Charlie’s Country – Rolf de Heer (2013)
There are two reasons I left this continent until last. Firstly, most of the countries outside of Australia and New Zealand are small islands that do not have much or any film production, secondly, sounds ridiculous but I didn’t know what to damn call it? Google seems to pretty certain that you just refer to the continent as ‘Australia’ but I’m pretty sure most people here say ‘Australasia’ and there’s the odd ‘Oceania’ knocking about too. Anyway, Australia it is. And Australia (the mainland) is where we will begin.
This week’s film is brought to us by Dutch-Australian director, Rolf de Heer, who was born in the Netherlands and moved to Australia at age of 8. He has a number of films on Aboriginal issues, for example Ten Canoes, also starring David Gulpilil (as the voiceover), an aboriginal man, raised in the bush who was discovered by Nicolas Roeg when he was just sixteen, when Roeg was in the area scouting for locations. He then promptly cast Gulpilil in his international success, Walkabout. He speaks multiple different indigenous languages as well as English, and is prehaps the most renowned traditional dancer in Australia. He is also the centre focus of this week’s film, Charlie.
I watched the film without fully understanding its context, but upon watching an interview with De Heer after, I learnt that it is an open critique of the ‘Northern Territory National Emergency Response’, also known as ‘The Intervention’, a move introduced by the Australian federal government under John Howard in 2007 to address allegations of child sexual abuse and neglect in the Northern Territory‘s Aboriginal communities. Although the move sounds well meaning and understandable, the film depicts how problematic the implementation of police stations by these communities are. Gradually, their presence destroys aspects of the “blackfella” traditions, forcing them to behave and live like the “whitefellas” stationed in their areas. Charlie’s community are banned from bringing alcohol onto the site, and face 6 months in jail for their first breach of this law, despite the fact that many members of the community have clear drinking problems. Charlie has both his gun and his homemade spear, that he used to hunt meat for dinner, confiscated because the white policemen tell him it is a “dangerous weapon”, forcing him to eat the “nasty whitefella food” they’ve bought into the area.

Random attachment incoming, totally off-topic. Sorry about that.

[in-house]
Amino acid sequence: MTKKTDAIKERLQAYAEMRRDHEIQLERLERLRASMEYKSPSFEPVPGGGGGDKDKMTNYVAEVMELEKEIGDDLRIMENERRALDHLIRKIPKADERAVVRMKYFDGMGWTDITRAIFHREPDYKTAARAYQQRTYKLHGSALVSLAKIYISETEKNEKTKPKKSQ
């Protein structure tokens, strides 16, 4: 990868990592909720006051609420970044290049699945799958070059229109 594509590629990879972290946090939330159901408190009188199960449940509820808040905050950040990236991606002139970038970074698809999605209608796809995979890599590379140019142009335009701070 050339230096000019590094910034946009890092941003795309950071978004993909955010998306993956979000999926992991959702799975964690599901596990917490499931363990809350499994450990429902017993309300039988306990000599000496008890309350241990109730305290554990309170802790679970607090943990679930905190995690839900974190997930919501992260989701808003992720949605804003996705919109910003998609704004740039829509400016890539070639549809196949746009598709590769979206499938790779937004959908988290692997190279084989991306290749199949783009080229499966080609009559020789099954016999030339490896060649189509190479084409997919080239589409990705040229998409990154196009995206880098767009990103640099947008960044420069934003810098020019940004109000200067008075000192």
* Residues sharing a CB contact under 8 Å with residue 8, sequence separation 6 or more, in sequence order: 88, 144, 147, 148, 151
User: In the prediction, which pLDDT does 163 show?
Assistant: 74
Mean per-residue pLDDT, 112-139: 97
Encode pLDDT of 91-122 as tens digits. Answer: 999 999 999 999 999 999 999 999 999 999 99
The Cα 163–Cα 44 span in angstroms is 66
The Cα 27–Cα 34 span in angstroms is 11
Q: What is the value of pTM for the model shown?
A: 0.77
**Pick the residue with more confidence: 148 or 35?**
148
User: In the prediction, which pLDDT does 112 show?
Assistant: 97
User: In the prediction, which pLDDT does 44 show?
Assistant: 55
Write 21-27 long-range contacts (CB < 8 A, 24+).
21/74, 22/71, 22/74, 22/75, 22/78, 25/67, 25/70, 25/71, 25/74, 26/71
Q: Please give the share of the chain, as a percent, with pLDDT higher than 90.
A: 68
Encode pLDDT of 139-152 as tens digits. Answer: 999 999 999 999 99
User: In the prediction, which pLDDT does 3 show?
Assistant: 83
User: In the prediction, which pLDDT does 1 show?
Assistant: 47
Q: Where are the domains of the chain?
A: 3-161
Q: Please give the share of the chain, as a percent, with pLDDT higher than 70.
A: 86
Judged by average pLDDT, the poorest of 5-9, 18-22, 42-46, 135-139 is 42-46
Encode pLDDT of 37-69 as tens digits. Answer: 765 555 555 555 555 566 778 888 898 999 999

It almost reminds me of a teen film where the protagonist is wandering, lost, trying to discover where they fit in to society, but Charlie is not a teen, he is fast approaching his sixties. He doesn’t recognise his community post the intervention, and wants to live ‘the old way’, which doesn’t go to plan either. Gulpilil’s acting is really touching, it is quiet, contemplative, and at times very funny. There isn’t an excessive amount of dialogue, but where there it is powerful and overtly political. De Heer has said that the film is not representative of how strongly he opposes the Australian government, as if to say he toned down the politics. That, I think, is quite telling since it came across as very overtly critical at every opportunity to me. I remember at one very powerful point white policemen destroy a woman’s camp, kicking it to pieces violently, to which she responds “Why don’t they just shoot us like in the old days?”
The film, and its performances are a stunning representation of alienation and raises some important social issues of mistreatment towards indigenous in present Australia that I otherwise would have known nothing about. It is also partially biographical, as De Heer wrote the film to rescue a friend in crisis, being asked by an incarcerated Gulpilil for help. You can find out more about the film’s context here.